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MechTransition SIGNED

Regulatory mechanisms controlling a new mechanical Epithelial to Mesenchymal Transition in zebrafish

Total Cost €

0

EC-Contrib. €

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Partnership

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Project "MechTransition" data sheet

The following table provides information about the project.

Coordinator
KING'S COLLEGE LONDON 

Organization address
address: STRAND
city: LONDON
postcode: WC2R 2LS
website: www.kcl.ac.uk

contact info
title: n.a.
name: n.a.
surname: n.a.
function: n.a.
email: n.a.
telephone: n.a.
fax: n.a.

 Coordinator Country United Kingdom [UK]
 Total cost 224˙933 €
 EC max contribution 224˙933 € (100%)
 Programme 1. H2020-EU.1.3.2. (Nurturing excellence by means of cross-border and cross-sector mobility)
 Code Call H2020-MSCA-IF-2018
 Funding Scheme MSCA-IF-EF-ST
 Starting year 2020
 Duration (year-month-day) from 2020-09-01   to  2022-08-31

 Partnership

Take a look of project's partnership.

# participants  country  role  EC contrib. [€] 
1    KING'S COLLEGE LONDON UK (LONDON) coordinator 224˙933.00

Map

 Project objective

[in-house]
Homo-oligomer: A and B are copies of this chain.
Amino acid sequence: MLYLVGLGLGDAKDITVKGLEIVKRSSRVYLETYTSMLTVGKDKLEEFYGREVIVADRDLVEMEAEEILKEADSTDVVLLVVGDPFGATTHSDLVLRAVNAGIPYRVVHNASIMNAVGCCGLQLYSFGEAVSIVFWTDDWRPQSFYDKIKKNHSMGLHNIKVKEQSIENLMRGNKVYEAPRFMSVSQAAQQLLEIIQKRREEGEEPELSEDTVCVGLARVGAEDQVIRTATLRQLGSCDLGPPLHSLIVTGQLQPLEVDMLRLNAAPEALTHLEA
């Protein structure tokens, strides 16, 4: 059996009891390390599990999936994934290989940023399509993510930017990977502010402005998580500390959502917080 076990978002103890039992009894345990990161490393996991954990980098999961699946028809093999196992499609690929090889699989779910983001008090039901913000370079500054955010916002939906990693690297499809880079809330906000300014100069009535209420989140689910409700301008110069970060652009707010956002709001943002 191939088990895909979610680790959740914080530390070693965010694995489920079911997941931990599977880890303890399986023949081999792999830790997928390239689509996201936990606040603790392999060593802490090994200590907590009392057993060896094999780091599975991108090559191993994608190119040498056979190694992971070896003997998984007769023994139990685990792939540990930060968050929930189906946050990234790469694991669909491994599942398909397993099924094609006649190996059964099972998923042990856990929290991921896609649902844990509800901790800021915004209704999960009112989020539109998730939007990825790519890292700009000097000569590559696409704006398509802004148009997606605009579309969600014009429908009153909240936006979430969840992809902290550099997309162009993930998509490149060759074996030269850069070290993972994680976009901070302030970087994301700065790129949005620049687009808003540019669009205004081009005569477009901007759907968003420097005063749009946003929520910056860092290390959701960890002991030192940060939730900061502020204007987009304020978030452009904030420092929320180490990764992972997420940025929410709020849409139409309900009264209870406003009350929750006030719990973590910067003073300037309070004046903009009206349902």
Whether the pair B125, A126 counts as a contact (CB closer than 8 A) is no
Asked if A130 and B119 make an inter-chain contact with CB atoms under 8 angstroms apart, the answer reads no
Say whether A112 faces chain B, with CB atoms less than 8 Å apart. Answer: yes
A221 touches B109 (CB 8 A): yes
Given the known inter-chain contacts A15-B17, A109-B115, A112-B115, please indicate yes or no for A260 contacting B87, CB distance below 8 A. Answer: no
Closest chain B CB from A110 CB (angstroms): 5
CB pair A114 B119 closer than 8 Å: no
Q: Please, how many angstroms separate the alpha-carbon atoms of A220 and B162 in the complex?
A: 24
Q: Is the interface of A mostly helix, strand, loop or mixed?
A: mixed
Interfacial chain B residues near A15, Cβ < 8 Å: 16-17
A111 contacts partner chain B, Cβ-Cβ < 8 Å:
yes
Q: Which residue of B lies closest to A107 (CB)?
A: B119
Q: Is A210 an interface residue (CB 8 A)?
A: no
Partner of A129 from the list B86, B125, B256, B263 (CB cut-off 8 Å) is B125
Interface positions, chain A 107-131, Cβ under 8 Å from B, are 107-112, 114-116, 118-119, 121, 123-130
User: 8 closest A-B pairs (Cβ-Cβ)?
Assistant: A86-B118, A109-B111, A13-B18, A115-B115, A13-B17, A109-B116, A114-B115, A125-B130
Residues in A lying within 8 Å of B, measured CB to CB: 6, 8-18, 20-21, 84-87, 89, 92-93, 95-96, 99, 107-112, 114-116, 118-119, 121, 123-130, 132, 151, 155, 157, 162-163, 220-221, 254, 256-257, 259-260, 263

While cancer biologists have long assumed that developmental Epithelial to Mesenchymal Transitions (EMT) transcriptional programs also control cancer metastasis, our lab has recently found that cancer EMT instead uses a mechanical-based two-step process. Typically, epithelial cells fated to die get extruded apically into the lumen. However, oncogenic mutations that drive metastatic cancers hijack this process, causing cells to either form masses or to extrude basally back into the tissue at separate sites. Basal extrusion causes transformed cells to not only invade but also to lose their entire apical membranes, including their E-cadherins, which are critical to epithelial identity. Later, invading cells migrate using a stable-bleb type motility typical of cells in confined spaces and then transdifferentiate into a variety of different cell types. While our lab has established that basal extrusion causes invasion and loss of epithelial identity, it is unclear what later causes cells to become mesenchymal. Using the transparent zebrafish embryo, I will investigate the mechanisms that promote the second step of EMT by answering the following questions: 1) Does mechanical stress following basal extrusion cause trans-differentiation of invading cells? 2) What programs promote EMT of transformed cells? 3) What environments allow invading cells to colonise specific tissues? Our new EMT model represents a paradigm shift in our understanding of how tumour cells initiate metastasis, survive in different environments, and become distinct cell types. Thus, addressing these aims could impact our ability to finally treat metastatic disease.

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The information about "MECHTRANSITION" are provided by the European Opendata Portal: CORDIS opendata.

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